• To start the game, black pushes down on his side of the clock to start white's timer.  After you make a move, push down on your side of the clock.  Be sure to push down on the clock with the same hand that you used to move the piece.  Do not keep your hand on the clock after you have pressed it.  The clock will show minutes + seconds left for each side.  If the clock goes all the way down to 00:00, then that side has run out of time.  You (the player) are responsible for "calling the clock" -- that is, saying that your opponent's clock has run out of time.  Players in other games and the tournament directors are not responsible (and should not) call the clock in someone else's game.  If one person runs out of time, that person loses unless his opponent doesn't have enough material to checkmate his opponent.  If this is the case, the game is a draw (even if the side that ran out of time has a massive advantage in material).
    • What happens if I forgot to hit the chess clock after I move?
      • Your opponent is under no obligation to tell you that you forgot to hit your clock.  You may lose seconds or even minutes while your opponent silently waits.  If your opponent seems to be taking an unexpectedly long amount of time to move, check your clock!  That being said, I would say it is common courtesy to notify your opponent after a small amount of time has run off the clock.  At least the first time it happens.
    • Can I stop the clock if I have to use the bathroom?
      • No!  If you have to leave in the middle of your game for any reason, you cannot stop your clock.  Your clock will continue to run.  However, keep in mind that 20 minutes is a long time, so if you have to take 1-2 minutes to use the bathroom, you still have plenty of time.  Of course, it would be better if you went before your game started.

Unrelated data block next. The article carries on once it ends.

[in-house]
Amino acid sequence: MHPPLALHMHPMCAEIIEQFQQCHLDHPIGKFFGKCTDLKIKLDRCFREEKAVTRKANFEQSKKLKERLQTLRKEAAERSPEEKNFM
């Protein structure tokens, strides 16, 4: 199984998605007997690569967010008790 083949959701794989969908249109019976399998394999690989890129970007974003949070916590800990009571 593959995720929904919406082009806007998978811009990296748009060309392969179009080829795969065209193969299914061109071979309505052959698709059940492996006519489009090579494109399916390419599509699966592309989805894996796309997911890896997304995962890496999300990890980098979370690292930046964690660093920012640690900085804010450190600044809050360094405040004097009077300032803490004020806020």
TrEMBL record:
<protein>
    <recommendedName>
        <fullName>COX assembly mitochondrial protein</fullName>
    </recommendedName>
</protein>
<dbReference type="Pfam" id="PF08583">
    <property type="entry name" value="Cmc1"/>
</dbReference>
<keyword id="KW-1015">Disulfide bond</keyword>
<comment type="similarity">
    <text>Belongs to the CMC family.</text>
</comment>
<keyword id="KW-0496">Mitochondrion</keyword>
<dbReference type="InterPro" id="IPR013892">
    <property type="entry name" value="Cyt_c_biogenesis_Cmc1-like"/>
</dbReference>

• Is the touch-move rule enforced?
      • Yes!  If you touch a piece, you have to move it (unless you can't make any legal move with it).  If you touch an opponent's piece, you must capture it (unless you can't).  If you want to castle, you should touch your king first; otherwise, if you touch your rook, your opponent could compel you to move your rook (without castling).  Once you let go of a piece, it has to stay there.  The only exception to the touch-move rule is that you may say "adjust" before touching a piece to move it closer to the center of its square.
    • What is the 50 move rule?
      • If both players make 50 moves without moving a pawn or capturing a piece, the game is a draw.  Once a pawn move or capture is made, the count starts over.  It is not automatically a draw; one of the players in the game must claim a draw.  Since it is hard to document how many moves are being made, if a player suspects a claim might be made later, the player should raise a hand and notify a tournament director of their intent to claim a draw later.  The tournament director can then use the clock to determine how many moves have been made, and check the clock later to see how many additional moves have been made.  The player should probably count out loud (softly) how many moves have been made.  One move by black and one move by white only counts as one move, not two!
    • What is the draw by repetition rule?
      • Basically, if the same position has been reached in a game 3 times, the game is drawn.  It is not automatically drawn; one of the players in the game must claim a draw.  Note that it is not the moves that are repeated, but rather the position.  The repeated position does not have to be repeated on consecutive moves, either (though it often is).  Perpetual check is a special case of draw by repetition.